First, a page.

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Please stop calling Metro Exodus an open-world game


 

You’d be excused for mistaking Metro: Exodus for an open-world game. That’s what I thought it was before I played it. Even as the game loaded in, I was still convinced it was an open-world shooter. After all, the first thing I saw during my 40-minute, hands-on demo was the sprawling, abandoned, desolate winter wasteland of post-apocalyptic Russia, spreading out in front of me and zooming past my train, the Aurora. Yep, I thought, that looks like a big freaking open world to me.

But as soon as I stepped off the train and into the world, things began to fill suspiciously empty.

The game gave me a primary objective objective and marked it on my map, but where were the side quests? Where were the points of interest? Where was all the stuff?

None of the conventions you’d expect from an open-world game are to be found in Metro: Exodus, and that’s because, as 4A Games executive producer Jon Bloch explained to me later, Metro: Exodus isn’t an open-world game.

“We’re not [calling it an open-world game],” Bloch told me. “We’re calling it a sandbox survival, and when we’re talking about these open areas, we’re saying that you can consider it a linear progression across different types of levels. Some are linear levels, some are these sandbox survival levels, and the player is still being carried through everything.”

Metro: Exodus once again puts you in the shoes of series protagonist Artyom. Following the canonical “good” ending of Metro: Last LightMetro: Exodus finds Artyom and the rest of his group, the Spartans (which includes familiar faces from the franchise like Anna and Miller), headed on a train journey across Russia to find a new home.

The structure of a train journey is the key to understanding how Metro: Exodus works. Metro: Exodus might share a striking resemblance to Fallout on the surface, but deep down, it’s probably closer to BioShock or the original Doom in how each level is structured. That’s to say, there will be open areas to explore, but once you’ve finished the story there, you’ll move to the next one, and in between those, players will tackles more traditionally Metro linear levels.

The sandbox survival areas will allow players to get out and stretch their legs. There will be room to explore, but Metro: Exodus won’t fall into the same traps as, say, Fallout 4, which killed my enthusiasm for the world by tasking me with saving the same settlement 80 times in a row.

“When we talk about side content, we don’t want to deliver it to the player in the traditional open-world sense where you just get fetch quests,” Bloch explained. “You’re not an errand boy for all these people you come across.”

Instead, exploring the sandbox areas will reward players in the form of more story content and more organic narrative moments. One example that Bloch gave was finding an NPC that was locked up in a cell. Players can choose to let him out or not, but discovering him isn’t prompted by an objective given to you by another character. It’s just a possibility that will come from exploring each open area on your own.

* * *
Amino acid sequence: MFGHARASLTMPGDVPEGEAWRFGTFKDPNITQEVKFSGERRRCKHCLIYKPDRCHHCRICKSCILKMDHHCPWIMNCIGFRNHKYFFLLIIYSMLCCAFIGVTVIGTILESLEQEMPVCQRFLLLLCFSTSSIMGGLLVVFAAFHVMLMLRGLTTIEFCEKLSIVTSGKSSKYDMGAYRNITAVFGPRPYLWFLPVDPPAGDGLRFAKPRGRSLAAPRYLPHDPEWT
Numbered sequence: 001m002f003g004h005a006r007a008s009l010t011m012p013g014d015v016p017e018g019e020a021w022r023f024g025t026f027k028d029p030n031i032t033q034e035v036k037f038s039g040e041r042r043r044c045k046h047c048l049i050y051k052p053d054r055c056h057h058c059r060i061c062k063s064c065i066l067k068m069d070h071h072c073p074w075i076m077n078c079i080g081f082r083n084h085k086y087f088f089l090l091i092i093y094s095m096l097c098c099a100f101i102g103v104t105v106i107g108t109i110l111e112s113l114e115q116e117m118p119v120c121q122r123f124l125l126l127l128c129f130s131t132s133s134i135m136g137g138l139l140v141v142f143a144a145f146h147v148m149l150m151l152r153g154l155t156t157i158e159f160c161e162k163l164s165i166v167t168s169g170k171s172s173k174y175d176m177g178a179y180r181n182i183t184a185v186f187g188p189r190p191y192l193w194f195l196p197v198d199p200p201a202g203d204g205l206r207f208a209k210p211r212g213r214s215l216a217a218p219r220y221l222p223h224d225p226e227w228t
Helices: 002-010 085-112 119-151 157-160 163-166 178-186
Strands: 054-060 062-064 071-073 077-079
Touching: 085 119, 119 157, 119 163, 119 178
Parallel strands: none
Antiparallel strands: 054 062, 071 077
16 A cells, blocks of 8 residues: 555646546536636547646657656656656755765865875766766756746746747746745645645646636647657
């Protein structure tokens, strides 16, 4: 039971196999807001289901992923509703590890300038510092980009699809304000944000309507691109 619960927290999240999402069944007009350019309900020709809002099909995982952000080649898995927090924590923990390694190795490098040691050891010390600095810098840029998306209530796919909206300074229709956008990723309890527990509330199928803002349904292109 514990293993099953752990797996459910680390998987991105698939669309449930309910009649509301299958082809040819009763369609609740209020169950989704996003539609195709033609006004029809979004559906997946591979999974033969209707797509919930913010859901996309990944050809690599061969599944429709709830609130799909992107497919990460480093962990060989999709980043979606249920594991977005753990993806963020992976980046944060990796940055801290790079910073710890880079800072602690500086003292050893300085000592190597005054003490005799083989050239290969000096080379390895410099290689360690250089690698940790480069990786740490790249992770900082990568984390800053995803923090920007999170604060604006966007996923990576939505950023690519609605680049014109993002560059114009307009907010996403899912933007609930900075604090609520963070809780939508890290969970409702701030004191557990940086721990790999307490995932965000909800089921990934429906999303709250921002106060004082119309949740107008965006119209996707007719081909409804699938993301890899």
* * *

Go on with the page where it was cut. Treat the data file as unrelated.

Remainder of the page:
Once you give up on the notion that Metro: Exodus is a fully open-world game, the perceived emptiness suddenly seems like a bold design choice. The only objectives the player will ever get will be tied to the main narrative. The only reason players will have for exploring the open areas is their own curiosity, not to mention the potential to find new resources, story moments and workbenches that will let players craft new weapon and armor attachments, among other useful items.

Of course, there are some traditionally open-world moments in Metro: Exodus. Wandering off the main path, I encountered a pack of lurkers that resulted in one of my more tense moments during the demo. Low on ammo, I quickly went into my backpack (a portable workbench of sorts) and crafted some metal balls for my pneumatic rifle, just in case. The catch is that the game doesn’t stop while you’re in your backpack or checking your map, giving the lurkers enough time to notice I was there. A tense battle ensued, and I barely survived, but it was my moment. I created that moment with the tools the game gave me, and yet it was still a very Metro moment.

Sure, there are open areas now. You can craft ammo and medkits and weapon attachments at workbenches or (in some cases) with your backpack. You can step off the beaten path and maybe find something useful.

But this is still a Metro game. It’s a tense survival horror shooter with a compelling narrative. You still have to manage items It just happens to be set outside the metro, with seasons, weather, and a day-night cycle.

Just don’t call it an open-world game, even though you might be tempted.

Metro: Exodus launches for PC, PlayStation 4, and Xbox One on February 22nd, 2019.

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About Michael Goroff

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Michael Goroff has been gaming for almost three decades. He's a lover of all games and systems, but he mostly plays Xbox. That being said, if he's a fanboy, he's a fanboy for the game industry as a whole. Spit white-hot fanboy hate at him, trash talk his Gold II rank on Rocket League, or maybe just send him a cordial hello on Twitter @gogogoroff.

Please stop calling Metro Exodus an open-world game